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Content archived on 2024-06-18

Multiscale Analysis and Design for Process Intensification and Innovation

Final Report Summary - MADPII (Multiscale Analysis and Design for Process Intensification and Innovation)

Chemical processes, which require an intensive exchange of energy and/or interaction between two phases are typically carried out in fluidized bed reactors. In these reactors, the mobile phase (normally a gas) enters from the bottom, passes through and interacts with the bed forming stationary phase (often a solid) and leaves through the top. The relative velocity between both phases (slip velocity) tends to drag the stationary phase out of the bed. This drag force needs to be balanced by the gravitational force to keep the bed stable and the particles in place. Since the gravitational force is fixed, it limits the applicable slip velocity and thus the productivity of the process. By replacing the gravitational force with a larger centrifugal force, higher slip velocities can be realized leading to process intensification. This is the basic idea and topic of the MADPII (multiscale-analysis-and-design-process-intensification-and-innovation) project. The centrifugal force is created in a vortex reactor. A video introducing this technology can be found at
The objectives of the project were (1) to design, characterize and operate a special type of vortex reactor and (2) to explore chemical processes that may benefit from this reactor concept.
The reactor of interest is a gas-solid vortex reactor (GSVR) in static configuration with no moving parts. The rotating bed is created by a large gas flow entering the cylindrical reactor through narrow slots in tangential direction. Because the bed is rotating, this reactor type is also called rotating bed reactor (RBR). The gas not only accelerates the solids but also provides or removes heat and participates possibly in chemical reactions. A RBR has never been used for two-phase chemical reactions, in part because RBRs are not well understood in detail. The MADPII project has focused on providing an improved understanding of this reactor type by constructing and operating prototype reactors. A cold-flow reactor has extensively been used to measure bed characteristics and flow fields, which have been further analyzed with CFD calculations. A second smaller reactor was built to measure heat and mass transfer, to gain experience with continuous reactor loading and to tackle scale-down issues. Building upon results from these ‘non-reactive’ reactors, a third scaled-down compact reactive reactor has been constructed for biomass pyrolysis. Initial tests show: a stable bed of biomass is easily maintained, char segregates from the bed and leaves with the gas flow, and very short space times between pyrolysis and char/oil separation are achievable. Besides this reactive RBR, an innovative reactor design idea subject to IP protection has been investigated as a follow-up project (ERC-2014-PoC #664876 GSVRotor [1/6/2015-1/12/2016]).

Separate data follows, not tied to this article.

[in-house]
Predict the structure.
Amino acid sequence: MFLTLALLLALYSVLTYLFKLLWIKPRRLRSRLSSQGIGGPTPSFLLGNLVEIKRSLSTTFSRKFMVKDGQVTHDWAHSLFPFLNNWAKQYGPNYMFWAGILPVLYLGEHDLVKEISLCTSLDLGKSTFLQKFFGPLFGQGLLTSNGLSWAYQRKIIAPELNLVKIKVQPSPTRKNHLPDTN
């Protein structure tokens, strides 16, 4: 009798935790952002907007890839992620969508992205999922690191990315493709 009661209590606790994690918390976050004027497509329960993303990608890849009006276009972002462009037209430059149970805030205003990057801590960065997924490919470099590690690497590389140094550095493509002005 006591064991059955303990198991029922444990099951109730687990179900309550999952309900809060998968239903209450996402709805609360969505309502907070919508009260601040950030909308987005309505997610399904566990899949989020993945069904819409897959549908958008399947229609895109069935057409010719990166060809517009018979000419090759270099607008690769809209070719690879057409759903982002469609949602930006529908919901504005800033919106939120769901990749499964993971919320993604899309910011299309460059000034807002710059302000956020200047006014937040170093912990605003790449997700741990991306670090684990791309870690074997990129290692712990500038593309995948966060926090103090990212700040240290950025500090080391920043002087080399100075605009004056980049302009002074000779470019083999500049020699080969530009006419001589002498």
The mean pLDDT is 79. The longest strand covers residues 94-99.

A suitable test case for the GSVR technology is the conversion of biomass via fast pyrolysis, because the quality of the pyrolysis product depends strongly on the heating rate and on the fast separation between solid and gaseous pyrolysis products. Thus, various aspects of fast pyrolysis of lignocellulosic biomass has been studied, including (1) characterization of the complex mixtures of pyrolysis products using improved GCxGC analytics, (2) correlation of product yields with biomass composition, (3) construction and operation of a micro-pyrolyser setup for biomass fast pyrolysis studies at well-controlled conditions, (4) detailed pyrolysis studies of model compounds and derived products, (5) development of elementary step kinetic models, (6) reactor simulations to validate the model and to predict pyrolysis yields, and (7) first principle calculations to further improve the kinetic models. The results confirm the great potential for converting biomass via fast pyrolysis in a GSVR to valuable products.
A second candidate reaction to be tried out in a GSVR is the catalytic oxidation of methane. A comprehensive microkinetic model, including catalyst descriptors, that accounts for gas phase and catalytic reaction steps in the short contact time catalytic partial oxidation of methane has been developed, which was implemented in a one-dimensional reactor model accounting explicitly for the irreducible mass transfer limitations. A new packed-bed reactor model with focus on accurate description of transport phenomena has been developed and applied to catalytic partial oxidation of methane. It shows that diffusion limitations play a significant role. The results suggest that a GSVR could be a beneficial reactor for this process.